The urban growth area (UGA) is the area surrounding the City where urban development is to occur. This is to contain growth and prevent development from sprawling into the rural areas of the County. The boundaries of the urban growth area were set in 1983 and reaffirmed in the early 1990s through a public process that involved the citizens and property owners of both Tumwater and Thurston County. The boundaries of the Tumwater urban growth area stretch from Black Lake to the Deschutes River and down to the vicinity of 93rd Avenue.
Zip Codes: Zip codes are not affected by annexation.
Schools: There is no effect on schools. School district boundaries are independent of city boundaries.
Common reasons include:
- Better access to elected officials
- Smaller and more responsive local government
- A highly-rated fire department
- More police officers per citizen as compared to the County
In Tumwater, the clinic is held at Tumwater Fire Department Headquarters on the first Tuesday of the month, from 1:30-3:30 p.m. Lacey Fire District #3 hosts car seat clinics on the third Tuesday of the month from 11:00 a.m. to 1:00 p.m.
There is a drop off bin located in front of the Tumwater Police Department at Tumwater City Hall. Learn more at Prescription Drop Box.
Some pharmacies will accept used needles. In Tumwater, contact Southgate Pharmacy at (360) 943-4043.
Outdoor burning is not allowed in Tumwater or the Urban Growth Area.
Call O.R.C.A.A. at (360) 586-1044 or to report illegal burning, call the 24-hr fire reporting line at (360) 789-3652.
KNOX boxes can be ordered online using the System Code for Tumwater/www.knoxbox.com /Sys Code PS-10-0060-09-89. Alternately, forms are available at the Tumwater Fire Department Headquarters front desk during business hours.
You must complete a Request for Public Records form. After form is completed and incident report is located, Approval of release must come from the Fire Chief or Assistant Fire Chief in order to ensure City, State and Federal law compliance on release of information.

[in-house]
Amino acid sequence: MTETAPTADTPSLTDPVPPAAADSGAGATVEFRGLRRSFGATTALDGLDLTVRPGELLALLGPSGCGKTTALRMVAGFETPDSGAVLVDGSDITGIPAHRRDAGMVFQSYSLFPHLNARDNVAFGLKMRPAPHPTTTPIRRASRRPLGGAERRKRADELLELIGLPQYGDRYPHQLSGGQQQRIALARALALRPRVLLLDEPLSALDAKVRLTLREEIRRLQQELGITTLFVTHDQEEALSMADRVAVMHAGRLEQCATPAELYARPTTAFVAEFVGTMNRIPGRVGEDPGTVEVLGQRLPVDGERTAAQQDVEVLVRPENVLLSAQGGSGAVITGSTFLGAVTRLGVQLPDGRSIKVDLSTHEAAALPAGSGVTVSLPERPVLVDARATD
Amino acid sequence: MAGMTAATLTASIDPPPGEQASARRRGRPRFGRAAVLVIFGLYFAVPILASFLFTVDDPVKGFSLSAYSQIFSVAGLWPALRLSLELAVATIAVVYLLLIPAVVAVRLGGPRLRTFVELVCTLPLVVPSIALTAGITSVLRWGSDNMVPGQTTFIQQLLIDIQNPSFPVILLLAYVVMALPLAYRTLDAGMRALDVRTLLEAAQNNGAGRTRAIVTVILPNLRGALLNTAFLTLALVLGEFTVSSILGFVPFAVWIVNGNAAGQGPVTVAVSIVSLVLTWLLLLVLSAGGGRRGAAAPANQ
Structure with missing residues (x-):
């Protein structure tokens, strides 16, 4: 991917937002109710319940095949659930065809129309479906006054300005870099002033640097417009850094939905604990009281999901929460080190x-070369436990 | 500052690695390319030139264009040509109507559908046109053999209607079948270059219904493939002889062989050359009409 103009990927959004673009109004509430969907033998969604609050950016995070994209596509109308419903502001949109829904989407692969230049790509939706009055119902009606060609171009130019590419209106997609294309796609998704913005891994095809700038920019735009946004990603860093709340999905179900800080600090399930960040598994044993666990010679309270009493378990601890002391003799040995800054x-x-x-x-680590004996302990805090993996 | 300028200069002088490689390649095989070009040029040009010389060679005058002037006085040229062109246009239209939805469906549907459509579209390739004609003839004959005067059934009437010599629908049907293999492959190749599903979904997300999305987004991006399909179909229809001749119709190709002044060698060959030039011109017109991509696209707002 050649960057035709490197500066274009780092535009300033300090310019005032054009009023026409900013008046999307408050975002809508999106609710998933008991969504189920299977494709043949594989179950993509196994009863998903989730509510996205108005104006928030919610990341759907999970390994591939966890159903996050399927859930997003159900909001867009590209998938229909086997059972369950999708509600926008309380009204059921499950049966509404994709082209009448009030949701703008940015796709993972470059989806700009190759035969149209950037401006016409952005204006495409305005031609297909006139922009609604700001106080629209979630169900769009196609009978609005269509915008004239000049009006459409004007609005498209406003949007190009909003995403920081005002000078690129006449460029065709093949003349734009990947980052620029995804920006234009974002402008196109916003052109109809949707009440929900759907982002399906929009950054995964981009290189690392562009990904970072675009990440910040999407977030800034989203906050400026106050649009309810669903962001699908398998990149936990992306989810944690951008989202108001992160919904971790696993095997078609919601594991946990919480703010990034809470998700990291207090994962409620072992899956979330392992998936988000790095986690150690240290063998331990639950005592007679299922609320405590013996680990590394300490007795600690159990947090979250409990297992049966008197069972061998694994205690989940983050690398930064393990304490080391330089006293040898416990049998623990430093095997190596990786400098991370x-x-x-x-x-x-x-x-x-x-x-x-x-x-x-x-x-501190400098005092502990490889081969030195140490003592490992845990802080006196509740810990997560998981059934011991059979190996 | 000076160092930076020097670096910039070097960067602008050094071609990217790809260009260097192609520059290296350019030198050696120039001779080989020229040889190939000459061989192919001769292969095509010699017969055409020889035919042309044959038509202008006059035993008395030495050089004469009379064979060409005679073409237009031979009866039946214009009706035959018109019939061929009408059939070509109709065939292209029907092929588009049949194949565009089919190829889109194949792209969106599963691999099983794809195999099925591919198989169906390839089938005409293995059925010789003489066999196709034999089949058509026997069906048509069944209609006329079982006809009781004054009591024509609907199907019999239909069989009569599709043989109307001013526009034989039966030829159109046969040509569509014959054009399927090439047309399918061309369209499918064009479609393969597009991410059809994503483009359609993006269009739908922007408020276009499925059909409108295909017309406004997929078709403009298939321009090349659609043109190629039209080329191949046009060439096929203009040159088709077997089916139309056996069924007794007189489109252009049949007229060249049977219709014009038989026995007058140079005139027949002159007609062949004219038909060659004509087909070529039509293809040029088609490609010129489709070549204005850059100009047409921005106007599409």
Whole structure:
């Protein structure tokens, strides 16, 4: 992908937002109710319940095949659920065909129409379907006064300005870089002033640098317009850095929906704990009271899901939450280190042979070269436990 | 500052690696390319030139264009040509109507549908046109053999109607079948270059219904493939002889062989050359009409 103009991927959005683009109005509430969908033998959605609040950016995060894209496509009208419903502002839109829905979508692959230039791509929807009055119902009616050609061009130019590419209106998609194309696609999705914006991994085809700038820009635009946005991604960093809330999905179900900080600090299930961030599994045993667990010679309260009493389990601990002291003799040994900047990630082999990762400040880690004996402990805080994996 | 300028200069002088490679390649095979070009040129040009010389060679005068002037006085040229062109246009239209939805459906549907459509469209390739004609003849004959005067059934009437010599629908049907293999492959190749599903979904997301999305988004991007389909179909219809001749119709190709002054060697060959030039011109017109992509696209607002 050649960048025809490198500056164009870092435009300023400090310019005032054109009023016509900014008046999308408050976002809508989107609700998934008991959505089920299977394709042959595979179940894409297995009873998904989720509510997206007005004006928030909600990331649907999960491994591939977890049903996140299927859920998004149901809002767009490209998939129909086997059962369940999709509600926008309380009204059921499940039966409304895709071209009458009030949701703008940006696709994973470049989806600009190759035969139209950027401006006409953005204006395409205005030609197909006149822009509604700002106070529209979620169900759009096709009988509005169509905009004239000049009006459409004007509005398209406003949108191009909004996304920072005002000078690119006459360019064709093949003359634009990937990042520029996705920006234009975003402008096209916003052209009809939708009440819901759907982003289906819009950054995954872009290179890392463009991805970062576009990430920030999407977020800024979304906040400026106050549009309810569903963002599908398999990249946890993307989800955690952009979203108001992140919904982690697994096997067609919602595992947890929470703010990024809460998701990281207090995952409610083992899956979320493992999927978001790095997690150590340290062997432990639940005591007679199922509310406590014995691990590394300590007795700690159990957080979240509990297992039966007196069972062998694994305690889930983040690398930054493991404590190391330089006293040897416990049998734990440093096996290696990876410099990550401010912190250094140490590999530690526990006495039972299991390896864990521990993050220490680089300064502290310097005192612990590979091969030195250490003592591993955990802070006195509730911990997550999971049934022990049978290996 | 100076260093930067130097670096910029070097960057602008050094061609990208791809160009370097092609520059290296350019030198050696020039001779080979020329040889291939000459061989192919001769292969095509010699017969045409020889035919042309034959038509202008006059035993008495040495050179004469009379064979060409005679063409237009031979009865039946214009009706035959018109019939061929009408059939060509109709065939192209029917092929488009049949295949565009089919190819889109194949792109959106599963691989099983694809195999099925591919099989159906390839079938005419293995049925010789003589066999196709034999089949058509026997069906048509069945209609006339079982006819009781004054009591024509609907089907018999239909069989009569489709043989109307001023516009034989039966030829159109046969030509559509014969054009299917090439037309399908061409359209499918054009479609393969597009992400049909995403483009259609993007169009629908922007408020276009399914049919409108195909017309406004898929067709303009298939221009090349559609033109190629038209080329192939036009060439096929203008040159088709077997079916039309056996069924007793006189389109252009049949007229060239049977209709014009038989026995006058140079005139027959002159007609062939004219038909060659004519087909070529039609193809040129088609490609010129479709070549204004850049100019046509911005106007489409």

Blood pressures checks are available Monday, Wednesday and Friday from 1:00 p.m. to 5:00 p.m. Learn more at Blood Pressure Checks.
The Thurston County Food Bank Satellite Distribution at Tumwater Fire Department Headquarters is on the 3rd Tuesday of each month from 3:15-5:15 p.m. (map)
Participants must call-in in advance with name, date of birth, number in household and any special dietary needs (ie:diabetic)
Information must be received before the day of distribution in order to be included on the list. Learn more at Food Bank Distribution Site.
Grade School Activity Nights (for Thurston County youth in grades 3 - 5) are held from 7:00 - 9:30 p.m. These events include karaoke, board games, video games, arts & crafts activity, open gym basketball, snack and water, and an inflatable interactive game.
Middle School Late Nights (for Tumwater youth in grades 6 - 8) are held from 7:00 - 10:00 p.m. Late Nights include DJ, open gym basketball, snack and water, and an inflatable interactive game. Students need to bring their school I.D.
For both events: The evening's snack (1 piece of pizza or nachos) and water are included in the $7 entrance fee.
- At each TYP event, 4-6 city staff members are in attendance, as well as 20 to 30 trained volunteers spread throughout the event. Staff are First Aid and CPR certified. All volunteers complete an orientation and pass a criminal background check prior to volunteering.
Parents are encouraged to come to events and ask questions. However, for safety, all visitors (including parents) must be wanded, have their bags checked, sign the visitor’s book, and be escorted by a volunteer while inside the program. Youth are also wanded and their bags are checked.
Trained security officers are employed at every event to assist when needed. Staff display and adhere to a set of guidelines that help enforce our policies, in order to create the safest event possible.
Grade School events: All students must be signed out prior to leaving the event.
Middle School events: Students must be signed out when leaving the event early.
The Tumwater Youth Program (TYP) offers evening activities for youth in grades 3-8. The Parks and Recreation Department runs this program and over 4,000 youth participate throughout the school year. TYP also provides the Tumwater Trippin' teen camp, for ages 12 - 17, throughout the summer.
TYP grade school events are open to Thurston County youth in grades 3 - 5. TYP middle school events are open to Tumwater School District youth in grades 6 - 8. Both are held on Friday evenings.
TYP’s goal is to provide a safe, fun, and positive environment for our community’s youth. This goal could not be met without the citizens of Tumwater and their generous contributions of time and talent. For more information regarding the program or becoming a volunteer, contact the Parks and Recreation Department: (360) 754-4160.
- Wear long sleeves and long pants when going out at dusk or in the early morning.